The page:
Musée d'Art Moderne de la Ville de Paris
The has 13,000 works, including paintings and sculptures by artists such as Henri Matisse, Raoul Dufy, Amedeo Modigliani, and Marc Chagall. Admission to the public galleries is free.
Paris has no shortage of modern-art museums, with institutions that range from big kahunas like the and to single-artist museums such as the , the , and the small but delightful Musée Bourdelle and Musée Zadkine.
Another museum that's well worth visiting, if you're a contemporary-art aficionado, is the , a.k.a. the
As its name implies, the museum is owned by the City of Paris, which operates a total of 14 museums under its municipal umbrella. It's housed in the eastern wing of the Palais de Tokyo, a monumental building that dates back to the Exposition Internationale des Arts et Techniques dans la Vie Moderne of 1937.
In the museum's public galleries, you'll find works from a collection of some 13,000 paintings and sculptures by artists of the 20th and 21st Centuries. (Special exhibitions by world-renowned artists, both living and dead, are also on the museum's annual program.)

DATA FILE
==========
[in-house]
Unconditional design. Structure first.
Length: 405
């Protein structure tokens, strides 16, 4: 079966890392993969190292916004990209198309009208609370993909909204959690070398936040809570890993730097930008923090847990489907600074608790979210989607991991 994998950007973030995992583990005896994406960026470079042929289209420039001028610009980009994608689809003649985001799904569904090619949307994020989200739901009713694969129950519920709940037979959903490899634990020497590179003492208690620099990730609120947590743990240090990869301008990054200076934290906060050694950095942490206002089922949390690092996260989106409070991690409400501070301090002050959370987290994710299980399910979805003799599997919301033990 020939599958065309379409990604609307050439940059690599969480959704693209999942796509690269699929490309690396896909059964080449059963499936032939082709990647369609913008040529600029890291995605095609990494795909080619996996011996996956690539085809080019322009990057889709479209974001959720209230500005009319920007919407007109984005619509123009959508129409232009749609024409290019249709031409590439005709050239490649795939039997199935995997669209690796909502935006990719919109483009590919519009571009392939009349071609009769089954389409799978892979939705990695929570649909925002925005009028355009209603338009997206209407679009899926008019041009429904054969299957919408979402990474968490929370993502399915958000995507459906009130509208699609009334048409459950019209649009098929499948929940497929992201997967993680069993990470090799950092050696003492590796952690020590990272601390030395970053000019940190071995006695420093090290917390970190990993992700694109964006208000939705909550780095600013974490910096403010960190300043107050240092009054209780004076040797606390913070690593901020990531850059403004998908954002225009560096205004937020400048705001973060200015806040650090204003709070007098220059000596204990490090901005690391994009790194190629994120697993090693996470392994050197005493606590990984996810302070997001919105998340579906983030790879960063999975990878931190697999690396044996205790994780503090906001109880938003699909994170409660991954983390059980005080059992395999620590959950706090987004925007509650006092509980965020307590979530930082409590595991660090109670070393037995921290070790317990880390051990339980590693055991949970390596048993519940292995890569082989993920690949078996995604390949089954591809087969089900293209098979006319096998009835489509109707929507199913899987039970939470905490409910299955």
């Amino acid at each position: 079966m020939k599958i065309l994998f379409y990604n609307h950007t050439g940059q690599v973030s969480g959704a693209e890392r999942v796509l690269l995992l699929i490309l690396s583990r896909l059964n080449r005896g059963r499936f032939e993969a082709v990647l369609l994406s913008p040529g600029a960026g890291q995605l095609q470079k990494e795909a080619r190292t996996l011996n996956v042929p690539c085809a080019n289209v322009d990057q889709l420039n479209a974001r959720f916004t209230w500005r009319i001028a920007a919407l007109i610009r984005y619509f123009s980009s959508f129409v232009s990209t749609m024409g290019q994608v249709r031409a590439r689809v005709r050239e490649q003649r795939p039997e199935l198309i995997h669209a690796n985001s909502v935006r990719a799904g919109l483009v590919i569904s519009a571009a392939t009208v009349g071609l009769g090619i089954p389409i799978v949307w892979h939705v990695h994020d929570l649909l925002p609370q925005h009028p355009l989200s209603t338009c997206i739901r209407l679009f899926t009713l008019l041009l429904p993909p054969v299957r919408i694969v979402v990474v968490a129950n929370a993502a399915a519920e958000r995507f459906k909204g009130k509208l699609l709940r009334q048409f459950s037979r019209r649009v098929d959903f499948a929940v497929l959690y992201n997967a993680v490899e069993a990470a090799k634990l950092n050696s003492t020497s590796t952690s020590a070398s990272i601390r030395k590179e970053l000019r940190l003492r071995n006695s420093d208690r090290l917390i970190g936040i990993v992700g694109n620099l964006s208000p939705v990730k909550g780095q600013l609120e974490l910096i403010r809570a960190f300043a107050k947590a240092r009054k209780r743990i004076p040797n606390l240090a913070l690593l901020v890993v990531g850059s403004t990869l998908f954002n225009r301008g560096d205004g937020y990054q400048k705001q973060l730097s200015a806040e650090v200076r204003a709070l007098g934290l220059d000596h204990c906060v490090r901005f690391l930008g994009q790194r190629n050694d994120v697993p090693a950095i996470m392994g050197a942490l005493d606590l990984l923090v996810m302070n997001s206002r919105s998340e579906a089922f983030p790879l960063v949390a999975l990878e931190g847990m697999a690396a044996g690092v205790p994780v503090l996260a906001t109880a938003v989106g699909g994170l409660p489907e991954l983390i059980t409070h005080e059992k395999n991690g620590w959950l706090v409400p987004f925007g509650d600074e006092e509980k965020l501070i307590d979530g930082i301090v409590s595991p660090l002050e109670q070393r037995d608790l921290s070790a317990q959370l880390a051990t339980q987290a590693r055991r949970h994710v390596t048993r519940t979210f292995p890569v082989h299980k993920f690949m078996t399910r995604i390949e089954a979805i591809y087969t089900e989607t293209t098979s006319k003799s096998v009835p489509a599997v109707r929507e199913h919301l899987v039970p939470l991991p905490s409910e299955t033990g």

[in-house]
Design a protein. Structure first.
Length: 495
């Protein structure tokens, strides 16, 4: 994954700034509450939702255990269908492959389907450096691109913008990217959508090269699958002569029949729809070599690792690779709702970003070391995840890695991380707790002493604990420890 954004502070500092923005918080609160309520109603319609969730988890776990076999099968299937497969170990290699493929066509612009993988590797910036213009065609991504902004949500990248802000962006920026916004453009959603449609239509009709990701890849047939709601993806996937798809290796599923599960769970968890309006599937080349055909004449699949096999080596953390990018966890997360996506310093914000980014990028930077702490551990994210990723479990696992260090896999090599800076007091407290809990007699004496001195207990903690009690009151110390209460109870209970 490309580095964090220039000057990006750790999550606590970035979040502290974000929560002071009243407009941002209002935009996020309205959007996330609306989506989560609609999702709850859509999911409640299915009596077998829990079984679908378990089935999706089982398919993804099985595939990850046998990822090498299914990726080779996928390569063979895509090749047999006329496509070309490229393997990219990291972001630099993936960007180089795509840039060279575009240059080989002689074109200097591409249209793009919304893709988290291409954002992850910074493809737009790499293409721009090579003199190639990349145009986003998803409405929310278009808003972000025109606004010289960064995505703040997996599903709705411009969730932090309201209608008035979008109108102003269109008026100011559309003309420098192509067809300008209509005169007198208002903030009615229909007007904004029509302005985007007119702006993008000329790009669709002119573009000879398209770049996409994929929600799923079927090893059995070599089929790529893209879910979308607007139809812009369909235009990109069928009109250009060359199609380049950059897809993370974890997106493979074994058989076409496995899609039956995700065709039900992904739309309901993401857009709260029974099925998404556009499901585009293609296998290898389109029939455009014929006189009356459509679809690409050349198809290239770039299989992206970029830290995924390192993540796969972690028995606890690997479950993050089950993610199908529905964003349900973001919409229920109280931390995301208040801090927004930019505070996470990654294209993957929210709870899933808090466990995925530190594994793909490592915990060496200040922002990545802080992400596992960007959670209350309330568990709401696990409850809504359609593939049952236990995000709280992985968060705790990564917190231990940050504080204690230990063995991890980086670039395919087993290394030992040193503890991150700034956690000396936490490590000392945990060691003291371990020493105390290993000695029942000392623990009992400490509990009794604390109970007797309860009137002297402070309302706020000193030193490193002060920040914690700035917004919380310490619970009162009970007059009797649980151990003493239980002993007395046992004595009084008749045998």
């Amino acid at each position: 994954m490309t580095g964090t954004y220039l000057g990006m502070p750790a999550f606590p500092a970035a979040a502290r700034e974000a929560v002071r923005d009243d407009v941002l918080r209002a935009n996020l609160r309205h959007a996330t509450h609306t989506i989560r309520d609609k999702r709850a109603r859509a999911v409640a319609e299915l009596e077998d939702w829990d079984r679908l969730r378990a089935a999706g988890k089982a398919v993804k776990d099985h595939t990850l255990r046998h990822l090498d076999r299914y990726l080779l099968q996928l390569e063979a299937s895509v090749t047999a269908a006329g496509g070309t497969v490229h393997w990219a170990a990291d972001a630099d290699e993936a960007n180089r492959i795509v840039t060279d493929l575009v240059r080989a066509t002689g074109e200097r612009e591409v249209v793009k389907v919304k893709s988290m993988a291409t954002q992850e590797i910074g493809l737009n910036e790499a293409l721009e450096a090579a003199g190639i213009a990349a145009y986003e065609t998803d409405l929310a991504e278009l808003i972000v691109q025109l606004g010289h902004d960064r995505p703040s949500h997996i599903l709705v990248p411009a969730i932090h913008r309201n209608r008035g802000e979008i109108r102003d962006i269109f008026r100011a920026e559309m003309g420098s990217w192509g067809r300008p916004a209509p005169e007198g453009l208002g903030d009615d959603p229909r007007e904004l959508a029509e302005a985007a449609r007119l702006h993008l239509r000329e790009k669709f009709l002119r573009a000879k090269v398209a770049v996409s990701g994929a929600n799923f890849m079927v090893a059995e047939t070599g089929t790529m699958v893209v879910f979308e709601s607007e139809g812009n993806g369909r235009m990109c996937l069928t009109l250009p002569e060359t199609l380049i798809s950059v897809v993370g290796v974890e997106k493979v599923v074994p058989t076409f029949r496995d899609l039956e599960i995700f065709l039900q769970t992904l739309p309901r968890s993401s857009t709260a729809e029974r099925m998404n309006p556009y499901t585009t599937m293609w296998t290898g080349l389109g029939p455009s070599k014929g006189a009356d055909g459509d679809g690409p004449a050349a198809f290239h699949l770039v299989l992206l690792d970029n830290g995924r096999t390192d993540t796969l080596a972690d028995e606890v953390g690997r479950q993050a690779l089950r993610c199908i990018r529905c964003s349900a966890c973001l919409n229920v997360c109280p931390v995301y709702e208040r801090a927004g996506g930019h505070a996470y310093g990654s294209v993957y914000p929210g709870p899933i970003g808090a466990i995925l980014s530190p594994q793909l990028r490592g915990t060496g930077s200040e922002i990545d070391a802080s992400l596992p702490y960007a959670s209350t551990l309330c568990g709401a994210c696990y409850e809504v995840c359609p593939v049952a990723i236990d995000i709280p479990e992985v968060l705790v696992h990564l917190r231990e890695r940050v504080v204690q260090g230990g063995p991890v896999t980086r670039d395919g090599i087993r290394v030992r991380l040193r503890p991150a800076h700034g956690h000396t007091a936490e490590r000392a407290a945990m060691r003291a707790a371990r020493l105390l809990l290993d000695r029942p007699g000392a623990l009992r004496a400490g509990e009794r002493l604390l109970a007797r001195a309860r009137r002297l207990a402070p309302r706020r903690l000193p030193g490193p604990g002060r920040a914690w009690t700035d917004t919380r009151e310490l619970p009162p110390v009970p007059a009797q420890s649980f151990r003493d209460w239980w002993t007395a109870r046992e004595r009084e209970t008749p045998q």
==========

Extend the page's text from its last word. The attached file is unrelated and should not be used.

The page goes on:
The Musée de l'Art Moderne de la Ville de Paris is open daily (except Mondays and a few public holidays) from 10 a.m. to 6 p.m., and on Thursdays until 10 p.m. for temporary exhibitions.
Admission to the permanent collection is free. (If you're attending a temporary exhibition, you'll need to buy a ticket online or at the reception desk.)
The museum's entrance is at 12-14 Avenue de New-York, which runs along the Seine between the Trocadero and the Place de l'Alma in the 16h Arrondissement. The closest Métro stations are and (Line 9), and the nearest RER train station is across the Seine at (Line C).
BELOW: The Musée de l'Art Moderne de la Ville de Paris is in the Palais de Tokyo, next to the Seine.
BELOW: The galleries (renovated in 2019) are open and spacious, with plenty of natural light.
BELOW: Paintings on display in the public galleries during our visit included Raoul Dufy's "Regatta with Flags Flying," Robert Delaunay's "The Cardiff Team," and "The Dream" by Marc Chagall.
BELOW: Nearby, a visitor used her smartphone to capture "Women and Children" by Auguste Herbin.
BELOW: Another woman inadvertently turned her back on "Symphony in Color" by Robert Delaunay, which is dated 1915-1917.
BELOW: The museum isn't limited to "flat art." It also has sculptures and installations, such as "The Ski Sale" by Raymond Hains and a visual homage to the homeless titled "American Piece, Conscious Vandalism" by Arman (a.k.a. Armand Fernandez).
BELOW: Fans of the vintage comic-book character Little Dot will appreciate "Le Cabinet de Peinture" by Niele Toroni.
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